Does alcohol help with weight loss? Here’s how drinking can actually help people lose weight

Does alcohol help with weight loss? Here’s how drinking can actually help people lose weight

SYDNEY — The drink could actually help people shed extra pounds — as long as they eat nuts and other healthy snacks, according to new research. High-protein foods soak up alcohol without leading to pot bellies and love, scientists say.

Other foods that pair well with alcohol include olives, popcorn, cocktail onions, deli meats, cheeses, raw vegetables, sauces, and dried or fresh fruit. A study by the University of Sydney found that those who opted for them consumed fewer calories overall than people who abstained from drinking altogether. However, choosing processed snacks like chips, pigs in blankets, cookies or other fatty products increases the number.

Alcohol encourages “chewing”, but not necessarily cause weight gain. It has been called the “aperitif effect”. The findings are based on 9,341 Australians. Participants were drawn from the Australian National Diet and Physical Activity Survey, the largest and most comprehensive survey of its kind. As expected, those who drank alcohol consumed more salty foods.

“This was associated with reduced energy intake in some, but increased energy intake in others,” said senior author David Raubenheimer, professor of nutritional ecology at the University of Sydney, in a statement to SWNS.

Do people consume fewer calories when they drink alcohol?

About two thirds of the participants chose food rich in protein, but low in carbohydrates and fats, such as lean meats, poultry, fish, seafood, nuts and legumes. The analysis showed that they consumed an average of 1,749 calories per day, including those from alcohol. This was 577 less than they needed to maintain their current weight, and 451 less than the 2,200 gained by non-drinkers.

Another third picked potato chips, pigs in blankets, deli meats, garlic bread, spring rolls, and potato wedges, which taste “umami” without protein. They consumed an average of 3,051 calories – 813 more than their EER (estimated energy requirements). It increases over time risk of obesity.

“Alcohol is known to increase appetite in particular for salty food, a phenomenon known as the ‘aperitivo effect’, says lead author Dr Amanda Grech, a postdoctoral researcher in Sydney. “Recent research has shown that levels of FGF-21 – a hormone that increases appetite for protein and suppresses appetite for sweets – increase after alcohol consumption. Protein is also known to have a satiating effect. “We wanted to find out if people choose more salty, protein-rich foods when they drink alcohol and, if they do, whether the satiating effect of the extra protein in their diet leads them to consume fewer calories overall, despite the extra energy from the alcohol itself.”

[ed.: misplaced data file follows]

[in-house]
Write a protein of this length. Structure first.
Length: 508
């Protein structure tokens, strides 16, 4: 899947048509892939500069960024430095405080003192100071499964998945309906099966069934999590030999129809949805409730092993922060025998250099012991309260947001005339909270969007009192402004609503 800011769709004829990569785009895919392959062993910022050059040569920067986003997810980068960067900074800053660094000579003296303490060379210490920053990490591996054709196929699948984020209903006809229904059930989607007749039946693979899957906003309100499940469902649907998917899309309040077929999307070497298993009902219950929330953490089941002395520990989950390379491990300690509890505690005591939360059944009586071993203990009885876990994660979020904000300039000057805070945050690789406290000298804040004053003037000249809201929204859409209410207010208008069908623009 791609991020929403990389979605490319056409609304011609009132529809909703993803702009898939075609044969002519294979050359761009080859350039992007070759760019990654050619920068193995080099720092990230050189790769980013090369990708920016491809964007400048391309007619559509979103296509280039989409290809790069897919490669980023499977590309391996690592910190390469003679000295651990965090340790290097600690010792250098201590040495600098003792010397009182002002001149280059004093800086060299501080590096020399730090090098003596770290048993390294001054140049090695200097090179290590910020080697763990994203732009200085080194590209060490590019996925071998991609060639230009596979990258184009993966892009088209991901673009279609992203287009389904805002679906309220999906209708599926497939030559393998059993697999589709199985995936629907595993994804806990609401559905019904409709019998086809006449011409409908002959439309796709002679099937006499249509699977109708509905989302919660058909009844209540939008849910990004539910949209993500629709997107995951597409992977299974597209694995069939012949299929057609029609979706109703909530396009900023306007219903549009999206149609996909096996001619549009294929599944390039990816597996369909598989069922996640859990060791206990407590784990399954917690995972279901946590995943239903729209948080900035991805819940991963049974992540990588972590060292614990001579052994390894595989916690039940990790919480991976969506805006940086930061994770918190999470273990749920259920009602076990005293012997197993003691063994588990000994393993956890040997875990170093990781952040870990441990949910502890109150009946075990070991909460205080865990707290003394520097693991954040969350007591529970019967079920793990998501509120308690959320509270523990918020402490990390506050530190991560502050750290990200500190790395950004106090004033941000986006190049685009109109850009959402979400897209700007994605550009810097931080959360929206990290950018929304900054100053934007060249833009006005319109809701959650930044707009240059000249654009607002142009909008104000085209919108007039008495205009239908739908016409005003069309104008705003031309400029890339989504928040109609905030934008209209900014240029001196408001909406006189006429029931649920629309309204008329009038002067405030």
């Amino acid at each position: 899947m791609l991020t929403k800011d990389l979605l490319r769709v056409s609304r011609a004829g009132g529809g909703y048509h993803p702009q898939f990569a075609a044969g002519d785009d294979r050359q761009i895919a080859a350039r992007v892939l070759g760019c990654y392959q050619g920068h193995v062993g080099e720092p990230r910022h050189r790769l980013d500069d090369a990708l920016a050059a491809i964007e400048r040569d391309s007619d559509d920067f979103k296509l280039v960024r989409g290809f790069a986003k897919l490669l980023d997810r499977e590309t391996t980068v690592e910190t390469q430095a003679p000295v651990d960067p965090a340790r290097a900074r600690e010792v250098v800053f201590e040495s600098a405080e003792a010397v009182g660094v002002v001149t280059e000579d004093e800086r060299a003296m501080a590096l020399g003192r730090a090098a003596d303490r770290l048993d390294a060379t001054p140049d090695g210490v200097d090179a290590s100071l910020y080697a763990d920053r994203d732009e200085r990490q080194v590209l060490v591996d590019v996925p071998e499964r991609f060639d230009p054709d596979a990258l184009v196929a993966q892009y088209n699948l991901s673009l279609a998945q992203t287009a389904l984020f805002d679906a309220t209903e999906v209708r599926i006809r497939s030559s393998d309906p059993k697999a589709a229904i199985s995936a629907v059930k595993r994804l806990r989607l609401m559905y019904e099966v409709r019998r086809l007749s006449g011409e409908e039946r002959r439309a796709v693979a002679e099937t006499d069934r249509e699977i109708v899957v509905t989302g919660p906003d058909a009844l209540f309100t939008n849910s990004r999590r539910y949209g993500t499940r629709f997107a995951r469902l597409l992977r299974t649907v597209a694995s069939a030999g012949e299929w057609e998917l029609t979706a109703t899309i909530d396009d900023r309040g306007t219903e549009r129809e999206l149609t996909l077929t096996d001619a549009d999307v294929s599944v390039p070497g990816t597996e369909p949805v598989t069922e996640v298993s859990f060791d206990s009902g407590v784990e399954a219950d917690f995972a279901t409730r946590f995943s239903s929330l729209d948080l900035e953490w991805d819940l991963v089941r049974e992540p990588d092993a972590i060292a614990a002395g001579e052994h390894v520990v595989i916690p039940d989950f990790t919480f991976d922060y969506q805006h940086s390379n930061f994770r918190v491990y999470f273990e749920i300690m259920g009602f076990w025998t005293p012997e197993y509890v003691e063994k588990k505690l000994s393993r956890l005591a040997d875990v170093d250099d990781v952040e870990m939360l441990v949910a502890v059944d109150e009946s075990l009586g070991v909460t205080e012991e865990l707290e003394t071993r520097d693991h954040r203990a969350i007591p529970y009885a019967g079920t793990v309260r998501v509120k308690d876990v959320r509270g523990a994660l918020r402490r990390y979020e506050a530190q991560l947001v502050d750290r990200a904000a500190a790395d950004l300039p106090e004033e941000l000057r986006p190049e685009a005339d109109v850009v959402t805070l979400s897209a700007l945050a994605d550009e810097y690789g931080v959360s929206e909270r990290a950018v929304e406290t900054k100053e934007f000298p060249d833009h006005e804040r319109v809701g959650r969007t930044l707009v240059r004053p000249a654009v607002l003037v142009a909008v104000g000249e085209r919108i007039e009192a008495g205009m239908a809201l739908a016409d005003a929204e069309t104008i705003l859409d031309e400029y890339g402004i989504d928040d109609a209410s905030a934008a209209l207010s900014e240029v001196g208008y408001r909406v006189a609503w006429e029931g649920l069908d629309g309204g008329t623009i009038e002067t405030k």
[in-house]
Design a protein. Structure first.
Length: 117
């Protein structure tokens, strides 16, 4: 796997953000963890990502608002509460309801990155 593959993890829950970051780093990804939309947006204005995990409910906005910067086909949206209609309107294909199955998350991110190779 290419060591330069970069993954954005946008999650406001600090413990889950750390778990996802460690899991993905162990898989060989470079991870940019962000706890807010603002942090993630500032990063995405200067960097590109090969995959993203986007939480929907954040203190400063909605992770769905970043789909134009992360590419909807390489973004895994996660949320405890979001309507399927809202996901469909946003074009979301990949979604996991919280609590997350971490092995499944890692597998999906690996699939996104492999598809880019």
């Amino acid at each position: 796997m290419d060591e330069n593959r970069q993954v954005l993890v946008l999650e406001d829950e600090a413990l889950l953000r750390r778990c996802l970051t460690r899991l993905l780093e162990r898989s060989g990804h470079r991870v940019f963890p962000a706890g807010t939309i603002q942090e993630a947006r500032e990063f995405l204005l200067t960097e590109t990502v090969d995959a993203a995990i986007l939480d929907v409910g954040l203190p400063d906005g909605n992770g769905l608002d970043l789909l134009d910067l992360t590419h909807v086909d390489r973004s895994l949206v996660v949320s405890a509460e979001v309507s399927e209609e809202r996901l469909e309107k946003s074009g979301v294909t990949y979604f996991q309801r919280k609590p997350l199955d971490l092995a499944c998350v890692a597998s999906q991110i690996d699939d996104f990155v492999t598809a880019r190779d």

‘Geometry of Nutrition’

Alcohol is energy dense. But the evidence that it contributes to weight gain is inconclusive. The latest study is the first to take into account other components of the diet.

Professor Raubenheimer and colleagues used a technique he invented called “nutritional geometry”. It deploys the multidimensionality of nutrition—allowing the simultaneous observation of multiple components.

The data included the food and drink each individual consumed in a 24-hour period and the total amount of energy it contained. It also contained information about how much protein, fat, carbohydrates and other nutrients it contained. Four out of ten (40%) volunteers consumed alcohol.

The researchers said the results show that despite the high sugar content, drinking does not necessarily lead to weight gain. But in the current environment, low-protein, high-fat snacks are plentiful and cheap. So alcohol can really contribute obesity epidemic.

“When you consume alcohol and your appetite is increased, make sure you choose healthier lean sources of protein such as lean red meat, chicken, fish, seafood or legumes, and avoid the urge to snack on salty, low-protein snacks,” adds Grech. “This will ensure that your appetite for protein is satisfied without excessive energy expenditure, which will lead to weight gain. Above all, be sure to follow the guidelines for alcohol intake, which poses health risks in addition to weight gain and obesity.”

Researchers suggest those who want to eat healthy while consuming an alcoholic snack before, rather than instead of, a meal. Suitable snacks include a portion of cheese (40g), unsalted nuts, chickpeas and vegetable sticks with tzatziki or hummus made from fresh ingredients.

The findings were presented at the International Congress on Obesity in Melbourne, Australia.

South West News Service writer Mark Waghorn contributed to this report.

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